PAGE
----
One Magic Christmas (1985) – reviewed by George

One money-strapped family in Canada (the town is called Medford) is trying to get through Christmas. The dad Jack (Gary Basaraba) has lost his job, and the mother Ginny (Mary Steenburgen) is working at the local supermarket for a real jerk, Herbie (Timothy Webber). Herbie is much younger than Ginny and I think feels threatened by her – there’s no other reason I could see for why he picks on her so much. Except that maybe, because she needs the job so badly, he just likes to torture her with constant threats of losing it.
The kids are aware of the family troubles, but Cal (Robbie Magwood) and Abbie’s (Elizabeth Harnois) attitude is, sure we don’t have any money, but Santa has a skillion million dollars. And Jack is trying hard; he’s repairing bicycles in the basement and working on his idea for a bicycle shop, but they have been living in a company house, and since Jack was fired, they will have to move out in a very few days. You can understand Ginny’s worry and frustration, and you can see why she doesn’t want Jack to spend anything – anything at all – on presents for the children.
Santa calls on a Christmas angel, Gideon (Harry Dean Stanton), and says, “It’s Nicholas. Tonight I give the Christmas angels their assignments. I have a very difficult case for you this year. Her name is Ginny Grainger. She never even says Merry Christmas.” Gideon goes to the Medford mall and watches as Ginny tells Jack that they are there for socks and stuff. That’s all! Later Gideon talks to Abbie outside her house, and tells her that they (he and she) have to give Ginny back her Christmas spirit. Gideon takes Abbie to meet Santa (Jan Rubes), and Santa gives her a letter Ginny wrote to him years and years ago. “Give this to your mother”, Santa advises. Meanwhile Jack’s basic goodness sets in motion a double tragedy. Only Ginny can turn this around, but she has to believe, and the letter she hasn’t opened is the key.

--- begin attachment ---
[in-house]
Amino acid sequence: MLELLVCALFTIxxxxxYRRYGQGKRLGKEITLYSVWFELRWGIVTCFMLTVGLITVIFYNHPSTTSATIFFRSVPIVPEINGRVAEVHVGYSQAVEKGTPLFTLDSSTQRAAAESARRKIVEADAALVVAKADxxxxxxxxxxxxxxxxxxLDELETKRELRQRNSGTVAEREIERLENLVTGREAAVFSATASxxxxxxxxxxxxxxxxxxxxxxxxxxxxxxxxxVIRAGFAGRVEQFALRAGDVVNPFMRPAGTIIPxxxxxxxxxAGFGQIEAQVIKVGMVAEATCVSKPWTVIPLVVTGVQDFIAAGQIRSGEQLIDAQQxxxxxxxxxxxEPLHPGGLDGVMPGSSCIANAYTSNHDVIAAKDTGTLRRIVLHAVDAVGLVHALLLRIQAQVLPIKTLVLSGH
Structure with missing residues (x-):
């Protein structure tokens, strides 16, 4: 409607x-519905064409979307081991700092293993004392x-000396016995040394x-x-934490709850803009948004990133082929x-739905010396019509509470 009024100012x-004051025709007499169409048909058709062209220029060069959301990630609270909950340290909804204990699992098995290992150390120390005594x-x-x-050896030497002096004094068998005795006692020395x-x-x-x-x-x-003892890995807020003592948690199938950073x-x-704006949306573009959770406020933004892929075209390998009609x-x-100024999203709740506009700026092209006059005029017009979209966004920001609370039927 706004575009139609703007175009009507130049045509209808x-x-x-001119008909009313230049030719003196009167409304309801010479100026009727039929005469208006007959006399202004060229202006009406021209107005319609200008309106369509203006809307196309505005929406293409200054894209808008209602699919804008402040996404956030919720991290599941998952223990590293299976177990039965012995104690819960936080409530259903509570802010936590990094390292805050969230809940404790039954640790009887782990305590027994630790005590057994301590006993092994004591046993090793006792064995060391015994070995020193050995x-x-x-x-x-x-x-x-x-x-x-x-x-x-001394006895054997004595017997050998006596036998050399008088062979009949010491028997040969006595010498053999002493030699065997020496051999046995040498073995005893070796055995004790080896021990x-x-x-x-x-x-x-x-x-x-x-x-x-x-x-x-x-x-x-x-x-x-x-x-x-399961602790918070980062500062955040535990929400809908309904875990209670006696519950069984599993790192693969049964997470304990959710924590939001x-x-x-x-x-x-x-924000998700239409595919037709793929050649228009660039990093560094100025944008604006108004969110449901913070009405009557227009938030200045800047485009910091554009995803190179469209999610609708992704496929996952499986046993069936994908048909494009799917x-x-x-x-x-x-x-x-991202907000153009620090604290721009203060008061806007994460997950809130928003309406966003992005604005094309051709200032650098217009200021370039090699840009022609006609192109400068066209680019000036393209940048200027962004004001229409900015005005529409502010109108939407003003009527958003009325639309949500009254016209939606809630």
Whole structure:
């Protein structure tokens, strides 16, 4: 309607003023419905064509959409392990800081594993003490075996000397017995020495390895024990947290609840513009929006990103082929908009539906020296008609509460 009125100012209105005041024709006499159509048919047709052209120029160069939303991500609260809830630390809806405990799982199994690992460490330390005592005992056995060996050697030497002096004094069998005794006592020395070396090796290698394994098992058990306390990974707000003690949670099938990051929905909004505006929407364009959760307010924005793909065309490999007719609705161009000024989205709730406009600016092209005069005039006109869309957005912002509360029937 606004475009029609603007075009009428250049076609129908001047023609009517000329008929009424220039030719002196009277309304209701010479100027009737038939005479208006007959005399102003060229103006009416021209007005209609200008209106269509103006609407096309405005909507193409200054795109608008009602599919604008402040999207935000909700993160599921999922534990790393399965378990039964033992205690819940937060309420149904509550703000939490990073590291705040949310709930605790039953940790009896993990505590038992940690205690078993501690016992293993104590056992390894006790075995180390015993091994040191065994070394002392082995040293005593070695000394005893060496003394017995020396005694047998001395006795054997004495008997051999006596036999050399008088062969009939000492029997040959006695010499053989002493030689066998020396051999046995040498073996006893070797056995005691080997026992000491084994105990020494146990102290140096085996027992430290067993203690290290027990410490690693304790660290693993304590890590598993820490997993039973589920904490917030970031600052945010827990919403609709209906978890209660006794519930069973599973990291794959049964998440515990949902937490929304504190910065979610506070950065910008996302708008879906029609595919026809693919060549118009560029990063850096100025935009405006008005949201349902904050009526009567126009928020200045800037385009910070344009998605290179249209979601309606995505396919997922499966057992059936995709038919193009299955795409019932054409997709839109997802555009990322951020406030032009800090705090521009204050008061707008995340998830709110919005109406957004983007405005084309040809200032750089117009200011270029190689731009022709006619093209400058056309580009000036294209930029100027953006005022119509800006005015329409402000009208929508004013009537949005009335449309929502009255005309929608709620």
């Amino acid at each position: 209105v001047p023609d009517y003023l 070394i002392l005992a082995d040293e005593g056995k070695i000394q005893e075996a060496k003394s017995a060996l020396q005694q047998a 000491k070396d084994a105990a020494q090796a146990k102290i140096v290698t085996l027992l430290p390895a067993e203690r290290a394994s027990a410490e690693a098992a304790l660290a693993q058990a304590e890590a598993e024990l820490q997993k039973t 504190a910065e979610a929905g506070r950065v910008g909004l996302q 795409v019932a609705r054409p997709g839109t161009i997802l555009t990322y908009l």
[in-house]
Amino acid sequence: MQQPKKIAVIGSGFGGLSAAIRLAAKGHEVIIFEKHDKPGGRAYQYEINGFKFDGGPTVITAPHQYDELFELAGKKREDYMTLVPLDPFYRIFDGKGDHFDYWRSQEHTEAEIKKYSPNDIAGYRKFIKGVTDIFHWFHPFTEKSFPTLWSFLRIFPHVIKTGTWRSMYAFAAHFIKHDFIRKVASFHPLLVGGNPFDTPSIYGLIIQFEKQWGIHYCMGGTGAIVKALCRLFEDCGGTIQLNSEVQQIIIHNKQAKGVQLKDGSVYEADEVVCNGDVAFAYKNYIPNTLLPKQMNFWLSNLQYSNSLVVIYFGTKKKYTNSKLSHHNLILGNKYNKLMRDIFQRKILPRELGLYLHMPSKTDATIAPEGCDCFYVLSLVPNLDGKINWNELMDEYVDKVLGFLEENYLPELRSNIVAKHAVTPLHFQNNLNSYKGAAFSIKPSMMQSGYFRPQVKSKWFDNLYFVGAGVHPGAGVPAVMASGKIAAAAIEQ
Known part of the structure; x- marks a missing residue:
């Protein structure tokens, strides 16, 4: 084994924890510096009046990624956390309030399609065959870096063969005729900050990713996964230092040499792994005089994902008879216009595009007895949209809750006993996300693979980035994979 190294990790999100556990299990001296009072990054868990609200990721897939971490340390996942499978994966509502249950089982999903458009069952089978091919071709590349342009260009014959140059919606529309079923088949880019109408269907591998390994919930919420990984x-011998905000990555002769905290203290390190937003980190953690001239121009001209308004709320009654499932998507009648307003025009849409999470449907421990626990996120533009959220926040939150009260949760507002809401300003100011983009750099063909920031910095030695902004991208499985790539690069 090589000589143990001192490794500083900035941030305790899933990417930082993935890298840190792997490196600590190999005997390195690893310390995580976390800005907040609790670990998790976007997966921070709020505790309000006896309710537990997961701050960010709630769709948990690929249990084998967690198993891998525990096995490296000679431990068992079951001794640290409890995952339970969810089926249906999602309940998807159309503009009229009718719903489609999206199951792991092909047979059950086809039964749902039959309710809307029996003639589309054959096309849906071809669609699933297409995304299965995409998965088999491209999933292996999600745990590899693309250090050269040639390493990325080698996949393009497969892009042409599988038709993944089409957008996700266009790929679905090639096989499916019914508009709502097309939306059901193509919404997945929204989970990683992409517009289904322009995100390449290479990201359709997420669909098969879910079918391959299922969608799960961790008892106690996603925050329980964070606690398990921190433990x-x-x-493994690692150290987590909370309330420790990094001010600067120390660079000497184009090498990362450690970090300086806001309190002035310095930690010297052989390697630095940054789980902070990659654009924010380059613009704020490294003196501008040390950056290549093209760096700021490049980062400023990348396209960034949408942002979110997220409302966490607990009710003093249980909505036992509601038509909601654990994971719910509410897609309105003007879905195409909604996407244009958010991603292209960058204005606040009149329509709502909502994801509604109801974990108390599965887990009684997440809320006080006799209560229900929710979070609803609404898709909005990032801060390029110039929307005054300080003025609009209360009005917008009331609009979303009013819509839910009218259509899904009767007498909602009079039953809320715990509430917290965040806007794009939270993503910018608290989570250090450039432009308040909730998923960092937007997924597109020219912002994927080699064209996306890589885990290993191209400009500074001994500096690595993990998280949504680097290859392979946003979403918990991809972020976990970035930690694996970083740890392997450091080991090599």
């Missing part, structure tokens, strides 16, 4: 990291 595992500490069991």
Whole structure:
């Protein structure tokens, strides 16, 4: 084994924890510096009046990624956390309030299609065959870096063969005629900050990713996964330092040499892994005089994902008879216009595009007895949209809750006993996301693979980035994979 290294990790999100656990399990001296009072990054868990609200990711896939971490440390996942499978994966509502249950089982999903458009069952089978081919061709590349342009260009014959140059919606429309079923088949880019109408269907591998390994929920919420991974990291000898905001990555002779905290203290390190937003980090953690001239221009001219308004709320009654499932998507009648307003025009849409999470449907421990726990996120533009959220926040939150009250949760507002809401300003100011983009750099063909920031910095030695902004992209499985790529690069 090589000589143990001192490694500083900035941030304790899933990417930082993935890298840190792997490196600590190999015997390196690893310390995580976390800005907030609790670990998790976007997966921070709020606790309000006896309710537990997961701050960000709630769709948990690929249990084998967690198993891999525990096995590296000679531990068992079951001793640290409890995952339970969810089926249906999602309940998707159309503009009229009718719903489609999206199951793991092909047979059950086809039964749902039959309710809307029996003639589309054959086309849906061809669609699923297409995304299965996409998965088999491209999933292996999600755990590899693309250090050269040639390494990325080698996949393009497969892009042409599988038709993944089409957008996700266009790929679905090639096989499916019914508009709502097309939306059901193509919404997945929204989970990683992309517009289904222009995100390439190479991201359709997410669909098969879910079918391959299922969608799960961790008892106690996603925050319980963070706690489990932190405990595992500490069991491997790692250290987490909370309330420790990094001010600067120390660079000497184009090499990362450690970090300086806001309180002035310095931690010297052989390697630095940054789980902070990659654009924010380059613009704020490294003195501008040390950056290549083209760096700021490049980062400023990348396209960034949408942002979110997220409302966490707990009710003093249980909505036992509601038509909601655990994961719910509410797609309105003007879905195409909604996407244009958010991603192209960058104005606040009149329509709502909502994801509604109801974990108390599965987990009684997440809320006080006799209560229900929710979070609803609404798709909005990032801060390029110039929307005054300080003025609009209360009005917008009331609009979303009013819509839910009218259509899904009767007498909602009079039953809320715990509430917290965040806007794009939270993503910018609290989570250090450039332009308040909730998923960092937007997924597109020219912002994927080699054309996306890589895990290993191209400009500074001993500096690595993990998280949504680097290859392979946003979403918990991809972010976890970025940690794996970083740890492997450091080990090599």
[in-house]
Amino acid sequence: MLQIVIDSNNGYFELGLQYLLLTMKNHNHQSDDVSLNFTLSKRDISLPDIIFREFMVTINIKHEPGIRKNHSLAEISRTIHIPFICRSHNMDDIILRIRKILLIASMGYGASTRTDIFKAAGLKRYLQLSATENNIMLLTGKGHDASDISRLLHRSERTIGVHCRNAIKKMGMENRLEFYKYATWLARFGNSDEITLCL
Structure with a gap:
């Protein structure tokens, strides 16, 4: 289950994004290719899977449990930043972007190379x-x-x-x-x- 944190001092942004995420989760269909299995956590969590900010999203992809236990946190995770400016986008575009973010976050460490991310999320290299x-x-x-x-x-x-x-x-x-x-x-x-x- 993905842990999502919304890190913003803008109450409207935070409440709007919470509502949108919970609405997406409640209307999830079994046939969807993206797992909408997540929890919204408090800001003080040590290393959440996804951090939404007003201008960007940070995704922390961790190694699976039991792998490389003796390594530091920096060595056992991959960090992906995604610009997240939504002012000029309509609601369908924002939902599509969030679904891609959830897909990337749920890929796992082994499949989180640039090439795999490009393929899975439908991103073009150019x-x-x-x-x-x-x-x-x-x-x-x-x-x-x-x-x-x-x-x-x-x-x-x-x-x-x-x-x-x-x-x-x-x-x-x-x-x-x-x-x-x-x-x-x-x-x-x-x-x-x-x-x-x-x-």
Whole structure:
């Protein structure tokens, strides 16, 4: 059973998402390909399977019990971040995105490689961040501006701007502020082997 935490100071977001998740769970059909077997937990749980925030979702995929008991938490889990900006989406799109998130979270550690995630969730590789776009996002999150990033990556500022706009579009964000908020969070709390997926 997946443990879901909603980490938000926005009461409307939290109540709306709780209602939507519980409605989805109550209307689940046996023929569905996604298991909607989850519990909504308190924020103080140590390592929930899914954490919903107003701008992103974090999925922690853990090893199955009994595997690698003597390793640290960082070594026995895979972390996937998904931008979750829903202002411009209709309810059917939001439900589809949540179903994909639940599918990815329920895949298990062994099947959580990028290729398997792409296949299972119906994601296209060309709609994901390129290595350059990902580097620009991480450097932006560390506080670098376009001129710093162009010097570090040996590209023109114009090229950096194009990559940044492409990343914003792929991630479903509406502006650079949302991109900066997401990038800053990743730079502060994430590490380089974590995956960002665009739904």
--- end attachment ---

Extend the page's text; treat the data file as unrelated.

This is a special movie because it skillfully combines issues of adult faith with childhood faith and gives you a happy ending that honors both. And it’s a completely secular take on Christmas, so it’s okay for everybody. My first thought after watching was that the dark parts are too dark, but then I decided that without that you wouldn’t have the degree of joy that you get at the end.
The film was directed by Phillip Borsos, from a script by Thomas Meehan, with early career appearances by Sarah Polley as Molly Monaghan and Elias Koteas as Eddie.
It’s an obscure title, but seek it out; I think you’ll like the payoff.

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